I have been walking this road since my late husband Fred and I moved to South Beach in 1998. For the first eight years, I walked it with our dog Sadie and sometimes with Fred. Now I walk it with Annie. This road, officially 98th Street, was once known as Thiel Creek Road. Where the pavement ends, it forks into an upper and lower branch. We adopted Annie on the lower branch from a family that had two litters of puppies. The house is vacant now, but when we walk down there, Annie, who will turn 6 on Feb.16, still pauses to listen and smell and perhaps to remember. There’s something about this place . . .
Although I’ve worn out several pairs of shoes on this road, I’m still not tired of it. There’s always something new to see. Last week it was a new layer of rocks that bruised my feet right through my sturdy shoes. I also saw fresh deer tracks in the mud. The Scotch broom is tall and green now. It will soon sprout flowers so yellow they light up the sky. Wildflowers will follow and then wild blackberries which Annie and I will eat off the vines.
Paths lead off into the trees and shrubs. The ones we took with Sadie are overgrown, and some are blocked with concrete barricades, but a new path carved out by road workers a few years ago parallels the backs of the homes on Cedar Street, turning back around to Cedar at a wide viewpoint overlooking a ravine and the airport beyond. The path is isolated. I study the paw and hoofprints on the ground, seeing many dog prints and tennis shoes but also signs of deer, coyote, and bears. Annie and I both keep our senses alert here, ready to react if another creature appears.
Man leaves his mark, too. Unlike the street, where I can always find hamburger wrappers, empty cigarette packs, and Starbuck’s cups, the paths are usually clear of litter. But I see big yellow Caterpillar tractors parked along the road and muddy scars where they have carved out openings in the trees and brush. When we first moved here, we were told that the property owner–and yes, someone does own this wilderness–had plans to build a housing development and golf course resort. It hasn’t happened. We have also heard that the airport might build a new entrance off 98th Street, which would add a great deal more traffic, but that hasn’t happened either. The tree line has moved farther east, trees ripped off their stumps and carted away for lumber. But new growth sprouted up in their places.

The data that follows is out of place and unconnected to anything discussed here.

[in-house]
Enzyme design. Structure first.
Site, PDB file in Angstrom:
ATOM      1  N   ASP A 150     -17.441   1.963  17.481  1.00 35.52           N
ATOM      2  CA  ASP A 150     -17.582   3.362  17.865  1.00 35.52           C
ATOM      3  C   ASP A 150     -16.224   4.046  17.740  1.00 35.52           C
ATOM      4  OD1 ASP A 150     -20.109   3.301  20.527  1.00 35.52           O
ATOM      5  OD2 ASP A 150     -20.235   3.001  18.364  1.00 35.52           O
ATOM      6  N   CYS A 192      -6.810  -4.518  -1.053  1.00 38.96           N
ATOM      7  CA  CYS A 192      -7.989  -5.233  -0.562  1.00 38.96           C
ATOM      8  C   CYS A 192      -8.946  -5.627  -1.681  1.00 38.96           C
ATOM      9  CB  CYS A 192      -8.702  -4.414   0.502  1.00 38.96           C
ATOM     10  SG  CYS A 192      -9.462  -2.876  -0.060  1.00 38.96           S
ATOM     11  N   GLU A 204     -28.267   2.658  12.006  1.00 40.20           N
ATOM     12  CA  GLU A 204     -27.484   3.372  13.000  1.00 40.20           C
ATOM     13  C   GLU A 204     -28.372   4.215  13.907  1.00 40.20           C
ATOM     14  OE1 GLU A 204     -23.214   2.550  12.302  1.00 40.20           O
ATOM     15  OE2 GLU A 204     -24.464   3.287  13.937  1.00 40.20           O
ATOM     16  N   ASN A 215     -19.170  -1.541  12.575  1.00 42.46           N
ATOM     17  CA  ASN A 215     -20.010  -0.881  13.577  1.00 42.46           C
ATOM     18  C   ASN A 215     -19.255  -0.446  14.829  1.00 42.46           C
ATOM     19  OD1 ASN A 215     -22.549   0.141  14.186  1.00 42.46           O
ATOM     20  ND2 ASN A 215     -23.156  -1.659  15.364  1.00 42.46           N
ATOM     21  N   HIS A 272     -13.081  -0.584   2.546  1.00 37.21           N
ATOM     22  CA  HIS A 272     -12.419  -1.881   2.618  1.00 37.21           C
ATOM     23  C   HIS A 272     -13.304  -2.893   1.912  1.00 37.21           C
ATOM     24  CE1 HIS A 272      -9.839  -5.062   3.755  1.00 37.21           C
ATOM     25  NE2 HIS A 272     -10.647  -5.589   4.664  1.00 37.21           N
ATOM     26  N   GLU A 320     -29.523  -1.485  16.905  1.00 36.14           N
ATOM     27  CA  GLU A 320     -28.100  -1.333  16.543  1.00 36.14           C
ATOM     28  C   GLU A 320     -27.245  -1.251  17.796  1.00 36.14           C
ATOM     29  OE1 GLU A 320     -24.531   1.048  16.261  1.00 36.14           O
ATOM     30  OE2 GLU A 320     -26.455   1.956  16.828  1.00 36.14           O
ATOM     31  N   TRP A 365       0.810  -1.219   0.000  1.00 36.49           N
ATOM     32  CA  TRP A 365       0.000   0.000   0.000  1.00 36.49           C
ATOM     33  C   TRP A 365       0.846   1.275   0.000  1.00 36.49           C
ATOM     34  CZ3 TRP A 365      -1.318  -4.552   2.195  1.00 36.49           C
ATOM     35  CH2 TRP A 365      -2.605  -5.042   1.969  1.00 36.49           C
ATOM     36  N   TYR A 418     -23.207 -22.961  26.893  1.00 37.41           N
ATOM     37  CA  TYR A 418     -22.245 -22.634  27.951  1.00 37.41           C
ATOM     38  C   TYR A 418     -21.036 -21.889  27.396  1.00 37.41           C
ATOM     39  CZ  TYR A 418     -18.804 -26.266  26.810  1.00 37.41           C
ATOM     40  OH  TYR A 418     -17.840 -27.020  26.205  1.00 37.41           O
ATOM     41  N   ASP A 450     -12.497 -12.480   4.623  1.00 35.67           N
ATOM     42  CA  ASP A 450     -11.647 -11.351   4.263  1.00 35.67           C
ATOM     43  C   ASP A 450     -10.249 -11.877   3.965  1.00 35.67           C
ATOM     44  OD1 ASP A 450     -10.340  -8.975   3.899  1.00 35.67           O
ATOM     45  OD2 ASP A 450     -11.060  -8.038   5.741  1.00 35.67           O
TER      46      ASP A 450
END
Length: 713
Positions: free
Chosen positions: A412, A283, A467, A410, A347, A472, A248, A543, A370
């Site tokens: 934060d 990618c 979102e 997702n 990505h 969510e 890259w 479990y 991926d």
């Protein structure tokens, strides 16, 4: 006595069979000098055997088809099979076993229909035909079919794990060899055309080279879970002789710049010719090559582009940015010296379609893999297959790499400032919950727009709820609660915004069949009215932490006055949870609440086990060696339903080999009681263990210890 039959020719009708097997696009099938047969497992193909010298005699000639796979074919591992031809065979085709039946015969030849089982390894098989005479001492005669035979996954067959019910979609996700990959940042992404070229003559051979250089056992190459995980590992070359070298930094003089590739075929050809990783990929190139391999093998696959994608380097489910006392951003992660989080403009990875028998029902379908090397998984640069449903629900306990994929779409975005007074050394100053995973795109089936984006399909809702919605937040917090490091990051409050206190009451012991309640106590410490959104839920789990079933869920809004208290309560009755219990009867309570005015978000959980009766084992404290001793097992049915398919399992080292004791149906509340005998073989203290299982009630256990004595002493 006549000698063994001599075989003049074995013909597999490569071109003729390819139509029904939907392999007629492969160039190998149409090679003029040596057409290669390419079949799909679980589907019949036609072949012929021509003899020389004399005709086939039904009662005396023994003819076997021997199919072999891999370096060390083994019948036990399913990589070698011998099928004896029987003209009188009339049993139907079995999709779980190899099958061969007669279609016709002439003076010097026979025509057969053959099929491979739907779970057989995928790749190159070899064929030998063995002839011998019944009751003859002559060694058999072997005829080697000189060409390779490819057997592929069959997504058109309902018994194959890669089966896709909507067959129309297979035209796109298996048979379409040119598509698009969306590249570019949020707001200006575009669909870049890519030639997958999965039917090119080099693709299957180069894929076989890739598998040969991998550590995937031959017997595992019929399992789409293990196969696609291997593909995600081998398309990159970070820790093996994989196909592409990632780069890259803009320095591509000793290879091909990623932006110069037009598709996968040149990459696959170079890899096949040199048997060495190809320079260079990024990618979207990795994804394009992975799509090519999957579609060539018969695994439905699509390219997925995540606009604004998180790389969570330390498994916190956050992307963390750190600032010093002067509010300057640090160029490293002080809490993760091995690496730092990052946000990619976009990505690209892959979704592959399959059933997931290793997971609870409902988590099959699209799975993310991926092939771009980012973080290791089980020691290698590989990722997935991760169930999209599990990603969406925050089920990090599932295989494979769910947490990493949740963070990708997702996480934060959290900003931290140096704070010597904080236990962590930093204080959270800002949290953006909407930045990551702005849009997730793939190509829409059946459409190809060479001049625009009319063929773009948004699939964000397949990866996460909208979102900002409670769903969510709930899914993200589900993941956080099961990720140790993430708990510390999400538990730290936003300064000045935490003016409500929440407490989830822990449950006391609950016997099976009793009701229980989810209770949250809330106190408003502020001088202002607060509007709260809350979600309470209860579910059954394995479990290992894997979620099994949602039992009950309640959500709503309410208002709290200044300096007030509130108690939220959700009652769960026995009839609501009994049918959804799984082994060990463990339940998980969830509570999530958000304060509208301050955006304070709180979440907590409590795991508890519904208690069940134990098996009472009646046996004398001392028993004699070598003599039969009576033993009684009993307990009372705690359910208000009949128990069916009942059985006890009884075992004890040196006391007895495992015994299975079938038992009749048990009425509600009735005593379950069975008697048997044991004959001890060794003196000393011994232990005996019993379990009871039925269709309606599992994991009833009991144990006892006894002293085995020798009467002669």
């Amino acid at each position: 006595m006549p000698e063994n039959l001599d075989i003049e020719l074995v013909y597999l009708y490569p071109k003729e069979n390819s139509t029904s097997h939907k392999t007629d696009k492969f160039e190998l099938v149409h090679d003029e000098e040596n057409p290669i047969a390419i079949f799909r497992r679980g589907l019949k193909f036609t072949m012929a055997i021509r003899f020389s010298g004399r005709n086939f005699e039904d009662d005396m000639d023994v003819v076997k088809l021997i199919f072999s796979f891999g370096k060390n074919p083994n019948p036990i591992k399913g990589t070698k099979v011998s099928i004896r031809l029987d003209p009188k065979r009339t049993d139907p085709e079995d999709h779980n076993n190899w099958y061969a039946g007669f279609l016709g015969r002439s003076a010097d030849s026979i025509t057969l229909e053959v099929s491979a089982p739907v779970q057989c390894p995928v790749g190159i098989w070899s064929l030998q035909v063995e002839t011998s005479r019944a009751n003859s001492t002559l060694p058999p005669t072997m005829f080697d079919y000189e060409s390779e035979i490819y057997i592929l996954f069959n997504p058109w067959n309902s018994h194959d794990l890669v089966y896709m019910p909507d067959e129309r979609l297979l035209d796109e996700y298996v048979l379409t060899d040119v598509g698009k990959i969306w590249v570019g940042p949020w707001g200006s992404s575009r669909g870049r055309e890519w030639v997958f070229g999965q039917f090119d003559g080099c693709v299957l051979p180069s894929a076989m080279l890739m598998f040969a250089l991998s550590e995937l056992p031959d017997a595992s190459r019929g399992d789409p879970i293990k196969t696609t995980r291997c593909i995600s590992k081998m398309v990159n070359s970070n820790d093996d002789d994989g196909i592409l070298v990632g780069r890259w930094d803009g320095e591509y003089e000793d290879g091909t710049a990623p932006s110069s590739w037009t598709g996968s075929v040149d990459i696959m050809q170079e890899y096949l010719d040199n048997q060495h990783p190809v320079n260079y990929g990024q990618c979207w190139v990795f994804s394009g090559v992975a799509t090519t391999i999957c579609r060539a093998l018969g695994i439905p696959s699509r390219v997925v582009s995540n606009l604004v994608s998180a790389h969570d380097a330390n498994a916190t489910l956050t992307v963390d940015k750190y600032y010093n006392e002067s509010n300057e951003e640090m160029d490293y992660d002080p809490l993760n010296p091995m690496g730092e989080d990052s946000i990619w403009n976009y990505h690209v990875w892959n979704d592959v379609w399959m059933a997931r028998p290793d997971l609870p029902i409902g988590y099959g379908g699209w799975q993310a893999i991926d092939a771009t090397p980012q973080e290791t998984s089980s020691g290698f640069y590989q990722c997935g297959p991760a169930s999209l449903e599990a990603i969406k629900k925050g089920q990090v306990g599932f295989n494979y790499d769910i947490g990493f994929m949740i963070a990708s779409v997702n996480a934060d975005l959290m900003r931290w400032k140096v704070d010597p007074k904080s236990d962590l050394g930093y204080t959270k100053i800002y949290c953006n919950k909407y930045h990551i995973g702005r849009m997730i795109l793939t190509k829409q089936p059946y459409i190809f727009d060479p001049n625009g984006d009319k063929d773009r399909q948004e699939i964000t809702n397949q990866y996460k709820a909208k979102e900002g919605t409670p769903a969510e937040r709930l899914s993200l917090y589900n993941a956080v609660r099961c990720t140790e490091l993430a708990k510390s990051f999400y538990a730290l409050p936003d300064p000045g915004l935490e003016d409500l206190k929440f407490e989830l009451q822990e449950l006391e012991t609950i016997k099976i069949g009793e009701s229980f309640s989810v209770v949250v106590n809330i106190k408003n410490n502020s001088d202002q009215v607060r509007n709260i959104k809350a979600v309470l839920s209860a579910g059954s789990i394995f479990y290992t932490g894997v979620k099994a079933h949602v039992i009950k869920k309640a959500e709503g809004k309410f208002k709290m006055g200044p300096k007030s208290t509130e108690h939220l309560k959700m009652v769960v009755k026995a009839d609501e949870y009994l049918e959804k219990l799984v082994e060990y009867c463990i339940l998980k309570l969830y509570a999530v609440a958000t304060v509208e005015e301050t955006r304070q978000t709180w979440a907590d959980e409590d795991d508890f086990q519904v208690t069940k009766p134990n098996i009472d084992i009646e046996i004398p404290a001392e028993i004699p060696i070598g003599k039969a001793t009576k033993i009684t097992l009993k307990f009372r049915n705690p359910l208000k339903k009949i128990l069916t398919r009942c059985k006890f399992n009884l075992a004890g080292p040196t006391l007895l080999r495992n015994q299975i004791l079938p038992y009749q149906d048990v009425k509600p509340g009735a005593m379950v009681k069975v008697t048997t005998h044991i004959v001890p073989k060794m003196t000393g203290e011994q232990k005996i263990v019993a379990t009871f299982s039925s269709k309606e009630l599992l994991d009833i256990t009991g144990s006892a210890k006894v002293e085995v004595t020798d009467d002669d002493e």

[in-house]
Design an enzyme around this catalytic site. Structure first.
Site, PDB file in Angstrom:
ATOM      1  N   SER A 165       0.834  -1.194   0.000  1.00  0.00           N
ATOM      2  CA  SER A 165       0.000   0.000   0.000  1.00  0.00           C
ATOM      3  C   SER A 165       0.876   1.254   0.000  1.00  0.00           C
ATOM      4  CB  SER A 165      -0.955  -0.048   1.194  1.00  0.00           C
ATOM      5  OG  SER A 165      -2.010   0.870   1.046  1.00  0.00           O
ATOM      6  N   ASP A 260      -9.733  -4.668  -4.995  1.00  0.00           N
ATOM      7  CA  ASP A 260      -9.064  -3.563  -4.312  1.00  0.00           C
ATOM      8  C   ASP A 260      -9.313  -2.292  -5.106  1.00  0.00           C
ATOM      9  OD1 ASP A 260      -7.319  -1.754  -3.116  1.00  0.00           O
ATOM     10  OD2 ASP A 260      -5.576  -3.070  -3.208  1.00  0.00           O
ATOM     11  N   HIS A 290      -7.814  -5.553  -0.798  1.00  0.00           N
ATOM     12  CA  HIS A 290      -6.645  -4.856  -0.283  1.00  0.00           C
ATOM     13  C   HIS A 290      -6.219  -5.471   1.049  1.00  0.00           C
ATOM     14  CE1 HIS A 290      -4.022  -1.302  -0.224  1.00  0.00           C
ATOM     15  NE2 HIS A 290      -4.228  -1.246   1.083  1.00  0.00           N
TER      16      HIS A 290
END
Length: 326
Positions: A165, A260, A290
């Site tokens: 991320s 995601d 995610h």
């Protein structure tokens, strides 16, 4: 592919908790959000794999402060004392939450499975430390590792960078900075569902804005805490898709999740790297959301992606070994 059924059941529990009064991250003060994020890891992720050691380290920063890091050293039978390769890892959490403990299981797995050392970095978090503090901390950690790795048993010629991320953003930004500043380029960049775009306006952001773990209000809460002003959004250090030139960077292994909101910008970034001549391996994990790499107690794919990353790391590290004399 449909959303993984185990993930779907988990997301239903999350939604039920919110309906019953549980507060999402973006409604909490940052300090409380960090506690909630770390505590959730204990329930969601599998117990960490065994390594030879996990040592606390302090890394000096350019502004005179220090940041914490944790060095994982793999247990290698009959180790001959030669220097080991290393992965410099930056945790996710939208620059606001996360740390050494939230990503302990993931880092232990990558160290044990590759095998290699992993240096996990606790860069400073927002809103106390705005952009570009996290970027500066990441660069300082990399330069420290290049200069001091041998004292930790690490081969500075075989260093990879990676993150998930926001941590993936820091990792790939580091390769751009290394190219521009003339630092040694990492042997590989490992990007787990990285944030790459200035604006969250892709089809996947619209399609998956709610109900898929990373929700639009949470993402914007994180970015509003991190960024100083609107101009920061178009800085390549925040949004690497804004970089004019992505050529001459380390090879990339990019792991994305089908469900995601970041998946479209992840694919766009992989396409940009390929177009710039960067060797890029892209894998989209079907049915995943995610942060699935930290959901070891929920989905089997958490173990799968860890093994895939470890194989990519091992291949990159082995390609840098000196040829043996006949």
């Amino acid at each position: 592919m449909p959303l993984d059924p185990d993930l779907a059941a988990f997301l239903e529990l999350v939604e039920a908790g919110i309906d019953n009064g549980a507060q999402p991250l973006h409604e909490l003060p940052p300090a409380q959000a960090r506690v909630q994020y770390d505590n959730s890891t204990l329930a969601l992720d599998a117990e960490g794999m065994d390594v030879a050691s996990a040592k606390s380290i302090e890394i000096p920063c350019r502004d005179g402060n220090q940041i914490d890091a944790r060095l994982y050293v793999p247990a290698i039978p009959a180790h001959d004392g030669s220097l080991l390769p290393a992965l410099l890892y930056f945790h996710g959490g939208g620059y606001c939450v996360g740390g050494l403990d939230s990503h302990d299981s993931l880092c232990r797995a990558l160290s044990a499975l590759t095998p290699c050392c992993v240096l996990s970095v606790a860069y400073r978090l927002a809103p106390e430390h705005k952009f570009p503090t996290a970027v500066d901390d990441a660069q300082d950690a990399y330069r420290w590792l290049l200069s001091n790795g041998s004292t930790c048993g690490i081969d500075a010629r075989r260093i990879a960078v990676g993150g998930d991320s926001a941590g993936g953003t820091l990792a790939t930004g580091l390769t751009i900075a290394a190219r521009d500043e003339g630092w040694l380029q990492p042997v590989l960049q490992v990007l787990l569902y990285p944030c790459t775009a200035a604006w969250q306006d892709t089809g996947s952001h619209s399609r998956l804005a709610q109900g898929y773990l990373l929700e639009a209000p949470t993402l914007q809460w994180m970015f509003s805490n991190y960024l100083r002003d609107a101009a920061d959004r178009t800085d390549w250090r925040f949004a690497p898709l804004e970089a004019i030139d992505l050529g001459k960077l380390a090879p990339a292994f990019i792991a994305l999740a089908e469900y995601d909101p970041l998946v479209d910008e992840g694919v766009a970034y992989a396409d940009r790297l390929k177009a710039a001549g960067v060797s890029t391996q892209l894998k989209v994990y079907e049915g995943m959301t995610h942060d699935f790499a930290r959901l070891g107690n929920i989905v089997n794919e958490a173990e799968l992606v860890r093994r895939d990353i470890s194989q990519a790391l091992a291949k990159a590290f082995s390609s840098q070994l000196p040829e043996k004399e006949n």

If there is any sun, it shines on this path. Sometimes in late afternoon, we see the moon above the trees. We rarely see any other people or animals, but when we do, I wave and they wave back. The seasons of nature and of our lives change, but we continue to walk this road, rain or shine, and we always notice something new.